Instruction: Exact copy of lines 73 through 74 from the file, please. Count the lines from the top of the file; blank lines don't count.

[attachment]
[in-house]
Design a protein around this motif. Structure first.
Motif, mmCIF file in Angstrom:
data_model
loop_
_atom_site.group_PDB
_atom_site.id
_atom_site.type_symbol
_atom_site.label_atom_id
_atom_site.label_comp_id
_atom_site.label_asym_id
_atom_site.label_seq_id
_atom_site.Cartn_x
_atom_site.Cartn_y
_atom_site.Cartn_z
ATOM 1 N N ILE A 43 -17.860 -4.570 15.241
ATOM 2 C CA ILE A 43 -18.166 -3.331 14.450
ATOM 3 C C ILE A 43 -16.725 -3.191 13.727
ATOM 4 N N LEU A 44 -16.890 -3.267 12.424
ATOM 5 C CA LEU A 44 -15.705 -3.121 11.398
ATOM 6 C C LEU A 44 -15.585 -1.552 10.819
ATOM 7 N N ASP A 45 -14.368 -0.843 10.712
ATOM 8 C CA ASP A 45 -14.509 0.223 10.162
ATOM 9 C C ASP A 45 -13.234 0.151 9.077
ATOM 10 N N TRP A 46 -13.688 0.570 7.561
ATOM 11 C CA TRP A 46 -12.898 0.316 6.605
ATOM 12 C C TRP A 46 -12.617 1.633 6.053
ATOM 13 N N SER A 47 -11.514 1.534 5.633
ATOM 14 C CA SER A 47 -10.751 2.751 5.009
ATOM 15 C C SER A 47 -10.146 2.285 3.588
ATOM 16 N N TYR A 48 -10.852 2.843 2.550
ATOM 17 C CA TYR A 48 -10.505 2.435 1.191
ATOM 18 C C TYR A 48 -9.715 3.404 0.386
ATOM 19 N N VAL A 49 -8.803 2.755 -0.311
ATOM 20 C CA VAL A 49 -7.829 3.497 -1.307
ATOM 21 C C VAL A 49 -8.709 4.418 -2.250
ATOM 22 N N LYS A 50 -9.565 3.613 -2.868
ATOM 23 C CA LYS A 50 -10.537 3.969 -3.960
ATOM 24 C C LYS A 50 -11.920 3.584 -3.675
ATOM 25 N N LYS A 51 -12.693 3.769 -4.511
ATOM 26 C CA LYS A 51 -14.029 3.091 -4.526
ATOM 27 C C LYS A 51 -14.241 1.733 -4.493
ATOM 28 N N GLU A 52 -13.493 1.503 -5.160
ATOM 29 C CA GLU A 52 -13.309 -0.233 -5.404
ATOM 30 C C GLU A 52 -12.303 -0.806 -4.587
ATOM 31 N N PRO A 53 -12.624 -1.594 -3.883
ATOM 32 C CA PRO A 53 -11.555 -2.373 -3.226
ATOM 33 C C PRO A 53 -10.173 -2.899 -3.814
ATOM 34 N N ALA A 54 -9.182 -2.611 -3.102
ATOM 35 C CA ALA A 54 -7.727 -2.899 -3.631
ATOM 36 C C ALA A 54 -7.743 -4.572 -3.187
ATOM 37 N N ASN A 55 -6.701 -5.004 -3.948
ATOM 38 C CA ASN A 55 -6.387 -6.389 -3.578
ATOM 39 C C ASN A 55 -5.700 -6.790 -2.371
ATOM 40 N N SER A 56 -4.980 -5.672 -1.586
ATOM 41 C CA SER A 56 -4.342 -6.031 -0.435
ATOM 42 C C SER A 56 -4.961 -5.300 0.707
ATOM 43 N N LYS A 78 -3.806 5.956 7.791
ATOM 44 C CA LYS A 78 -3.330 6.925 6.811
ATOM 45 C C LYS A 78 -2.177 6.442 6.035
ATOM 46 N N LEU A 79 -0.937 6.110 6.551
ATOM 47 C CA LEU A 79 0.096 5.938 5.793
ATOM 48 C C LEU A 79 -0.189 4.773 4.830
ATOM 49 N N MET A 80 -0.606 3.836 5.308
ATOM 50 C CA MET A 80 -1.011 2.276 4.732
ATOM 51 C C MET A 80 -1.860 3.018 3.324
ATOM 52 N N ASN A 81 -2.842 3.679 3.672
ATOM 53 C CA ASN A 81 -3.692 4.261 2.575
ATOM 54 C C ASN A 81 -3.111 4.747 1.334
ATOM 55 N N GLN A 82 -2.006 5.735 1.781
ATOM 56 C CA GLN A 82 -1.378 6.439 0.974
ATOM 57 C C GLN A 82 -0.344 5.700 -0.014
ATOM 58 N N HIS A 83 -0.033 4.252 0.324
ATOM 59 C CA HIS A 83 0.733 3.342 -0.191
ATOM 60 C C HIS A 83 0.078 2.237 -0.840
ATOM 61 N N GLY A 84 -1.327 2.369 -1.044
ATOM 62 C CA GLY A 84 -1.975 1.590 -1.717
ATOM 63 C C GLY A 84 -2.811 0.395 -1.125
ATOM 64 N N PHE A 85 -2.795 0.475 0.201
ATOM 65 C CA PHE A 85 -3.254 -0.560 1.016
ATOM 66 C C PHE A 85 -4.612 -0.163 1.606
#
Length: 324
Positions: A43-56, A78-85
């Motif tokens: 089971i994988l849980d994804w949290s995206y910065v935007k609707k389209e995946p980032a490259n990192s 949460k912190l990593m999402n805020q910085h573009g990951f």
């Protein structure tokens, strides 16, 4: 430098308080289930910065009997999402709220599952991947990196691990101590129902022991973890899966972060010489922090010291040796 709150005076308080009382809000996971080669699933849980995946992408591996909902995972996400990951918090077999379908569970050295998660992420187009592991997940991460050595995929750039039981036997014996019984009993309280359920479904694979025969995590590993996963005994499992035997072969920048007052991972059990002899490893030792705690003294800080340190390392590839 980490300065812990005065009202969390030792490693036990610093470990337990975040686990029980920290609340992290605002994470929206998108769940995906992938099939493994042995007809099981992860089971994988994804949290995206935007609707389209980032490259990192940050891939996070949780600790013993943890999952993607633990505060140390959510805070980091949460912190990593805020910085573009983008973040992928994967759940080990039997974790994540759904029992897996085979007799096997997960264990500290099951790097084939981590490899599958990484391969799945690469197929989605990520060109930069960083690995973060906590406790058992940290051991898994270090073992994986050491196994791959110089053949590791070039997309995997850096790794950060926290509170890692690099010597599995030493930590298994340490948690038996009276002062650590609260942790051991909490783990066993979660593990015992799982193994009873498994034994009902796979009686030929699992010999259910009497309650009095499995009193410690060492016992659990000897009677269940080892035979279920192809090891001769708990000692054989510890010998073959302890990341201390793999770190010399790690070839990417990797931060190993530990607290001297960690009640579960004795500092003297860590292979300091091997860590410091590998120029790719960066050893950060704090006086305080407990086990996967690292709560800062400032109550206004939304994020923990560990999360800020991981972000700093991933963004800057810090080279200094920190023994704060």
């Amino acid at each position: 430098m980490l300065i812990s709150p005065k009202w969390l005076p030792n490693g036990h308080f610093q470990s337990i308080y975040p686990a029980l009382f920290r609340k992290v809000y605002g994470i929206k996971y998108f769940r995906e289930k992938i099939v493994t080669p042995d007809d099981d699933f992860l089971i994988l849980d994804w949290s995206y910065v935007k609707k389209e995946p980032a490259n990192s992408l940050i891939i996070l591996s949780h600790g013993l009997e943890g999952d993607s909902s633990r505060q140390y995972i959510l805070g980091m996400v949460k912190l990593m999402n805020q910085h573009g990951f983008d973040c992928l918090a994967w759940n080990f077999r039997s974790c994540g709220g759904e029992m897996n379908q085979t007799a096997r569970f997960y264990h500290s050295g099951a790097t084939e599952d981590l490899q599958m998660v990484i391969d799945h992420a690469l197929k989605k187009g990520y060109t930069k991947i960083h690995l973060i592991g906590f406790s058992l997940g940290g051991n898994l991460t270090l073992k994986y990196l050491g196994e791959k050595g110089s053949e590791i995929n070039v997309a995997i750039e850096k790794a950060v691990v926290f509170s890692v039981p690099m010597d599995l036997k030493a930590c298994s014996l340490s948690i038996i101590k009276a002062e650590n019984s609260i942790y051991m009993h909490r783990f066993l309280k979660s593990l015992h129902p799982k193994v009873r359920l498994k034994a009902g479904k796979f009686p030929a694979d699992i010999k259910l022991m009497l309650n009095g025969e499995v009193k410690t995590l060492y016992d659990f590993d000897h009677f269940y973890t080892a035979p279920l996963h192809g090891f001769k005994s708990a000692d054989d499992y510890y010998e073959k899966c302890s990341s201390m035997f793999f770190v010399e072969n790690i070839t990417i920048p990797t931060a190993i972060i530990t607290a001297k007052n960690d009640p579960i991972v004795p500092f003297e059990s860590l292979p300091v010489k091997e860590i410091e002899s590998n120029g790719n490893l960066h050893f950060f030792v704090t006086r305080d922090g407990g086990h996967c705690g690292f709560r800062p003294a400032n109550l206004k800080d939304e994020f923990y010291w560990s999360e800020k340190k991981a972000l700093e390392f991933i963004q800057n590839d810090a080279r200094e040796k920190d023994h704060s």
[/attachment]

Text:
ATOM 58 N N HIS A 83 -0.033 4.252 0.324
ATOM 59 C CA HIS A 83 0.733 3.342 -0.191